Massachusetts Gov. Charlie Baker on Wednesday praised the operators of many post-acute and long-term care facilities facing COVID-19 outbreaks, calling for a deep data dive on what went wrong once the crisis passes.
“This is a topic that will get a lot of appropriate analysis after the fact,” Baker, a Republican, said during a daily coronavirus press briefing with other state officials. “I know a fair number of people who operate in that industry, and some of the folks who suffered some of the most dismaying, disturbing, and destructive outbreaks are terrific operators — and folks who literally have never had a demerit or an issue at any point in time with respect to the work they do.”
In particular, Baker pointed to the Belmont Manor Nursing and Rehabilitation Center, a facility that had seen 39 COVID-19 deaths as of last Friday, according to local media reports. That property, located in the Boston suburb of Belmont, Mass., has an overall five-star rating from the Centers for Medicare & Medicaid Services (CMS), Baker observed.
The governor also cautioned against making any snap conclusions about what exactly went wrong in the outbreaks that have plagued facilities in Massachusetts and around the country.
“I think this is one that’s going to require some pretty heavy-duty analytics to figure out exactly a) what went wrong; b) what needs to be done on a go-forward basis to make sure it doesn’t happen again; and then c) to respect the fact that some of the folks who ended up in the worst spot on this were considered by their peers and by families and by everybody else as pretty high fliers and very positive players,” Baker said.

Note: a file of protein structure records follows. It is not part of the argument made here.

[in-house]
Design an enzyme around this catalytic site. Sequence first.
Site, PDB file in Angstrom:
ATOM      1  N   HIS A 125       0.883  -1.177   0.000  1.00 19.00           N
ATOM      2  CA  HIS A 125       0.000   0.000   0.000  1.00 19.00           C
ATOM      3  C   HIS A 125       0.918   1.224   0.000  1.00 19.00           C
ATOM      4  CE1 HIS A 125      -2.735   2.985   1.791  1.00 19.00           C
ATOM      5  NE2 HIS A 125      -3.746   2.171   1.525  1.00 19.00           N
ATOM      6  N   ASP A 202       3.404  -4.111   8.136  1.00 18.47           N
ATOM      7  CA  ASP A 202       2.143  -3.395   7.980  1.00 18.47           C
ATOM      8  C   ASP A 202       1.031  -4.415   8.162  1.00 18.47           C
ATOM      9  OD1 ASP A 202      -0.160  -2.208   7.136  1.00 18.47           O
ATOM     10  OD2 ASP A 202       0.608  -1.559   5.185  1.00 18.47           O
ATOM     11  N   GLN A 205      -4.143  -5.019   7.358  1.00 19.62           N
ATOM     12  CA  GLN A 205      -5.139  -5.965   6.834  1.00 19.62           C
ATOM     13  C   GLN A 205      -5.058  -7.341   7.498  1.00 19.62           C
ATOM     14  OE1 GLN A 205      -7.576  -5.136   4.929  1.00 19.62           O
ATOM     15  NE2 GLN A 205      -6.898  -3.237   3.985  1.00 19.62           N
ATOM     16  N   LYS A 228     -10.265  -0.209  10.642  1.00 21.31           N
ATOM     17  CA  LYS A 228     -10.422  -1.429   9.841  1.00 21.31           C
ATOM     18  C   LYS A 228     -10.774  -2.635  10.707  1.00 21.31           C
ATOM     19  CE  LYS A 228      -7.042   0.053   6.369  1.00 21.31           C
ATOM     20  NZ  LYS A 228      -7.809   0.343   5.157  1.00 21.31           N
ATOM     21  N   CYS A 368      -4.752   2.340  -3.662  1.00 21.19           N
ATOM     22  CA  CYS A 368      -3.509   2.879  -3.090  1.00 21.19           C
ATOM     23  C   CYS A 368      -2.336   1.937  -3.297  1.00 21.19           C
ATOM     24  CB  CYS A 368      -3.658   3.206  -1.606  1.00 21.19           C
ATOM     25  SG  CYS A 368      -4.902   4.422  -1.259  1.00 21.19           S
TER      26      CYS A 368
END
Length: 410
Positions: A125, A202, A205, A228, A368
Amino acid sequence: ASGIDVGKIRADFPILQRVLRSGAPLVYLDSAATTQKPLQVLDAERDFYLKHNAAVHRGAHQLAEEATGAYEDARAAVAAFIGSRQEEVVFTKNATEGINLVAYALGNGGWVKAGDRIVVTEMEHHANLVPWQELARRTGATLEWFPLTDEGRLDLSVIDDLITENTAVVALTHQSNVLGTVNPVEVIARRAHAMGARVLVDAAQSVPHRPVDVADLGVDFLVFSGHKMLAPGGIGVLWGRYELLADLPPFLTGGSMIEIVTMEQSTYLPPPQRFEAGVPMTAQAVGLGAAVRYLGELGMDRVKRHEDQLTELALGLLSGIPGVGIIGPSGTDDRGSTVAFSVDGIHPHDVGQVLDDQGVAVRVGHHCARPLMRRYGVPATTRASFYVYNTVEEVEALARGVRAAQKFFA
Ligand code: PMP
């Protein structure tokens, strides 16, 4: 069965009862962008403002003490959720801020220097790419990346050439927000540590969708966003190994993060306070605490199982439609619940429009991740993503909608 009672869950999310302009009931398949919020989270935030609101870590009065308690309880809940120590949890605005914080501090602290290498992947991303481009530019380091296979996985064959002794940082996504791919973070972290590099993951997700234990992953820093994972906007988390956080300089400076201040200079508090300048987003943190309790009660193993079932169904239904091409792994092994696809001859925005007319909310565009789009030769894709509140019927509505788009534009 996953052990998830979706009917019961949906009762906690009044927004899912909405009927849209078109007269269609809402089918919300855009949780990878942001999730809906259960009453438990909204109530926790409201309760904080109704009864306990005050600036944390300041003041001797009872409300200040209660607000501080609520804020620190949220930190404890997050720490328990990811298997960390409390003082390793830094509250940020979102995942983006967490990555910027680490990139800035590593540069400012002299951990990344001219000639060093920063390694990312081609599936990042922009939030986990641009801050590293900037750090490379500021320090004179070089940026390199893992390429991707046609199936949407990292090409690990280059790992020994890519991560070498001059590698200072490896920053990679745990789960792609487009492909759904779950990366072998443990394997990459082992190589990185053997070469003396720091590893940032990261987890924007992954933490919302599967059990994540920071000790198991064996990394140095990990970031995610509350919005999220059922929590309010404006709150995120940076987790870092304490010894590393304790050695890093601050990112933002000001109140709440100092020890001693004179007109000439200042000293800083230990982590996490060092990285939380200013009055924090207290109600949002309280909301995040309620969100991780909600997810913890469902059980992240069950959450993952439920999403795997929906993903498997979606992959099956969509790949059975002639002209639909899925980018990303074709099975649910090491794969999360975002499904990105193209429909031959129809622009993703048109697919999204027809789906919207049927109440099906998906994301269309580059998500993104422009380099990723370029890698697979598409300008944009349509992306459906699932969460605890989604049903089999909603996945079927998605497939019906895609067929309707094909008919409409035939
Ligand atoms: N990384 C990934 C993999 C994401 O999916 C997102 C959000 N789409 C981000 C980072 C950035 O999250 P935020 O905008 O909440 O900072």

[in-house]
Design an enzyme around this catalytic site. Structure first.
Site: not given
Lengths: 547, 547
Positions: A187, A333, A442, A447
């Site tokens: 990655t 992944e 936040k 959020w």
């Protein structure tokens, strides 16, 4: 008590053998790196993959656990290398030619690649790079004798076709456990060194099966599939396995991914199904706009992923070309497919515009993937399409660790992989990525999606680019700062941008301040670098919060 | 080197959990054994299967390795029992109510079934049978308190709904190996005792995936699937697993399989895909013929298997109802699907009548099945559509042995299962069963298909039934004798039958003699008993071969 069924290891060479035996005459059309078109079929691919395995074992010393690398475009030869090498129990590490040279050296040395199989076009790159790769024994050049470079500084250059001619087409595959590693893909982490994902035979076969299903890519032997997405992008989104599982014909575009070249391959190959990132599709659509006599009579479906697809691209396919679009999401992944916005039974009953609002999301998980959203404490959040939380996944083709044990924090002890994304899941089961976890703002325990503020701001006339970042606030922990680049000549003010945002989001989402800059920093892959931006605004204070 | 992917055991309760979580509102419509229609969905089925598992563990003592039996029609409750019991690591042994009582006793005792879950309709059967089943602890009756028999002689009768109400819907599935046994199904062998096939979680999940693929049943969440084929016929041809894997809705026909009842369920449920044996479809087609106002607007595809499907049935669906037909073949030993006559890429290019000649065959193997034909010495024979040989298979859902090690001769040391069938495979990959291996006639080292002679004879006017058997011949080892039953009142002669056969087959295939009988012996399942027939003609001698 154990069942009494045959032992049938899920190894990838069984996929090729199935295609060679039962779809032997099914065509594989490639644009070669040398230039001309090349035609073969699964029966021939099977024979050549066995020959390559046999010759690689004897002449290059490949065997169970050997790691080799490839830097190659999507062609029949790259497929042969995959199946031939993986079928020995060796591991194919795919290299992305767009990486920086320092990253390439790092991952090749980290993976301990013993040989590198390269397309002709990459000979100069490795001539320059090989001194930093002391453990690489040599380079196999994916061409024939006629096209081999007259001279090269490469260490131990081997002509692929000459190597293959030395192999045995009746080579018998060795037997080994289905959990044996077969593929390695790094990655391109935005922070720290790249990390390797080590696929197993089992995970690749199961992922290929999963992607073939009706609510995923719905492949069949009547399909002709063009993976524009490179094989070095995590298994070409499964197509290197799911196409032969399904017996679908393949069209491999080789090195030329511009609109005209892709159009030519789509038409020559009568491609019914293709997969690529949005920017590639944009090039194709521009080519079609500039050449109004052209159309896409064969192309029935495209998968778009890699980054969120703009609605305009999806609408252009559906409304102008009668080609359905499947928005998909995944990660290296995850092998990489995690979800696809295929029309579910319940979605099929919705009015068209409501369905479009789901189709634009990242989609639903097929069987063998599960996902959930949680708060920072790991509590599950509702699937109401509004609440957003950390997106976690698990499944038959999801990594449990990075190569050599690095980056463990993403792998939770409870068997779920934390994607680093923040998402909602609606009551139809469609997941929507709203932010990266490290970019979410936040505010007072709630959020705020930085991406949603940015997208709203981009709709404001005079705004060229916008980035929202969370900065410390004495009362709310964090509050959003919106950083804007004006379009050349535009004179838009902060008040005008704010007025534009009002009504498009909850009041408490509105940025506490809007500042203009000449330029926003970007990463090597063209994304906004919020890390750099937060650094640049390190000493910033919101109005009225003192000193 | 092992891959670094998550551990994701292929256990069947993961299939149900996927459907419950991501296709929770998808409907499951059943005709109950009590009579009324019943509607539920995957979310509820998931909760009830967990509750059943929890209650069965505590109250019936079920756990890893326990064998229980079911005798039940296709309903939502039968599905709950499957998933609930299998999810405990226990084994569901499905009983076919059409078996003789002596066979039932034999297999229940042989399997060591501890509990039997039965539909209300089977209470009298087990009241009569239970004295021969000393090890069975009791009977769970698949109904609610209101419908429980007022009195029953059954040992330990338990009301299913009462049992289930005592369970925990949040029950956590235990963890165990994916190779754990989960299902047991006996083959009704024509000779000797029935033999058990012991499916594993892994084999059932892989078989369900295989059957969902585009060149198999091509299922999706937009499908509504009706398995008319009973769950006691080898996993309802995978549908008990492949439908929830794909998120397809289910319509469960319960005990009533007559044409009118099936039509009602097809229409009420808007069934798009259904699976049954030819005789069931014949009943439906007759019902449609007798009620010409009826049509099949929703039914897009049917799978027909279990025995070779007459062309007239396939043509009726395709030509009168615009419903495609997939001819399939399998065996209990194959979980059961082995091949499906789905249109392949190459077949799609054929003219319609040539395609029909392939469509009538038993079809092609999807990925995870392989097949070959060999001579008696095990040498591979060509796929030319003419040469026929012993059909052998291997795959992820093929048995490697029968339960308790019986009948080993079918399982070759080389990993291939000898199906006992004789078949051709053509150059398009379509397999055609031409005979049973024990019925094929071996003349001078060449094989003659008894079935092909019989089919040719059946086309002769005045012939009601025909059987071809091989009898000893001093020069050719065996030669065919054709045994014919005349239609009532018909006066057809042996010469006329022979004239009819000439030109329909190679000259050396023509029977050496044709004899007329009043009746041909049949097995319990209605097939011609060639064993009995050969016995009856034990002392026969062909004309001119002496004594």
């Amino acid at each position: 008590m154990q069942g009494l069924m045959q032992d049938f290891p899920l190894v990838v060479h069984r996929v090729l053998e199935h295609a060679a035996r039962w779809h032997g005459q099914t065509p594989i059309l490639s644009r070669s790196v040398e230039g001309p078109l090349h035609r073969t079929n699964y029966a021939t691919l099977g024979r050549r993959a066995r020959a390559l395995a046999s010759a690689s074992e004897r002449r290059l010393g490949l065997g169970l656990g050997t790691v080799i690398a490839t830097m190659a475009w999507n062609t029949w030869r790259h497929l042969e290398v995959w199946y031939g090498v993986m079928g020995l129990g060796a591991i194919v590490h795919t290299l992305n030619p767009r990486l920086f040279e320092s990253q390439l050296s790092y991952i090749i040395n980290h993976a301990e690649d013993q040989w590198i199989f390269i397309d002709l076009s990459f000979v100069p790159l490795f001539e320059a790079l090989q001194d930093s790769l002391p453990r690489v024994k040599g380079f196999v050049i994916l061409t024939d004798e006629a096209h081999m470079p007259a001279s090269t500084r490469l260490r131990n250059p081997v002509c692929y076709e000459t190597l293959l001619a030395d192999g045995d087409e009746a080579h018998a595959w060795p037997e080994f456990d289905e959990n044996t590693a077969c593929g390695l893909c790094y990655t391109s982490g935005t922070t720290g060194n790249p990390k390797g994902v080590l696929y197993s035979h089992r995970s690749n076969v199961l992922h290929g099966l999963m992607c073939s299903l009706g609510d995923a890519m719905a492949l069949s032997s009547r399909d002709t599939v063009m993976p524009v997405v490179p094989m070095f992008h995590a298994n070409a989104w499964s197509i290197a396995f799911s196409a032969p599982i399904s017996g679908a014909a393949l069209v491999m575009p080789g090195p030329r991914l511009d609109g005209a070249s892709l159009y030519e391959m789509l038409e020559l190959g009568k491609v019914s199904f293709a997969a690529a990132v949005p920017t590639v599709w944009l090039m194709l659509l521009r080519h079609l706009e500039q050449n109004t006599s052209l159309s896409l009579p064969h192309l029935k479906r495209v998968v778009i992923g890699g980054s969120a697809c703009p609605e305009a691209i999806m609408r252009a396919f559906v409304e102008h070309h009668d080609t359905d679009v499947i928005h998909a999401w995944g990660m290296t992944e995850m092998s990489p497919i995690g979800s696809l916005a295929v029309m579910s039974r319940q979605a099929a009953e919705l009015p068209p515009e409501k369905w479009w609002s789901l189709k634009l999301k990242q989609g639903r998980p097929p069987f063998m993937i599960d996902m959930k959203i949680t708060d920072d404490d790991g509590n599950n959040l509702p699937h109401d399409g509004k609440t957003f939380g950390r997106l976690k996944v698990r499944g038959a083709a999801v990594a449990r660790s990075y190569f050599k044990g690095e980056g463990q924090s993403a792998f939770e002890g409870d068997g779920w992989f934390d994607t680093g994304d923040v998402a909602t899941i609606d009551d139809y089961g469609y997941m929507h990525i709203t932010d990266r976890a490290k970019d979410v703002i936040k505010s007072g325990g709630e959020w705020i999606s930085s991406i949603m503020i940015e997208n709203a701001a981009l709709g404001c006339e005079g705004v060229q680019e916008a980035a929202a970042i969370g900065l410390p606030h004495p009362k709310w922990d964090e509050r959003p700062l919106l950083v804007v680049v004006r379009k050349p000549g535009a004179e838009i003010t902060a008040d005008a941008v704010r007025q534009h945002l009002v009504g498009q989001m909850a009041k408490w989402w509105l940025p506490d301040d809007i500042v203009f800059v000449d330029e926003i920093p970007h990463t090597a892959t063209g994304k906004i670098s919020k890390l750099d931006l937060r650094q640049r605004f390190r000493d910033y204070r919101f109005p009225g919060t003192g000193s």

Marylou Sudders, the state’s secretary of health and human services, gave some potential reasons for why even highly rated operators could have struggled to contain COVID-19. Sudders pointed to the state’s particularly old stock of nursing home real estate; many properties were given waivers to updated regulations, rolled out in the early 2000s, that required the use of single-resident rooms in long-term care facilities. As a result, many were unprepared logistically for social distancing efforts among residents, Sudders said.
Baker and Sudders also pointed to baseline, pre-pandemic statistics showing that each month, between 1,000 and 1,700 people die in Massachusetts nursing homes — data “which no one ever asked for, or was interested in,” Baker said.
A reporter asked if those figures represented nationwide numbers; Sudders confirmed that the 1,000-to-1,700 number includes only Massachusetts deaths, based on data going back to 2015.
“I’ve been collecting that data because I think sometimes reporting is that there’s never been a death in a nursing home, based on some of the reports I’ve been reading — how people would suggest we’re starting at zero deaths in nursing homes,” Sudders said.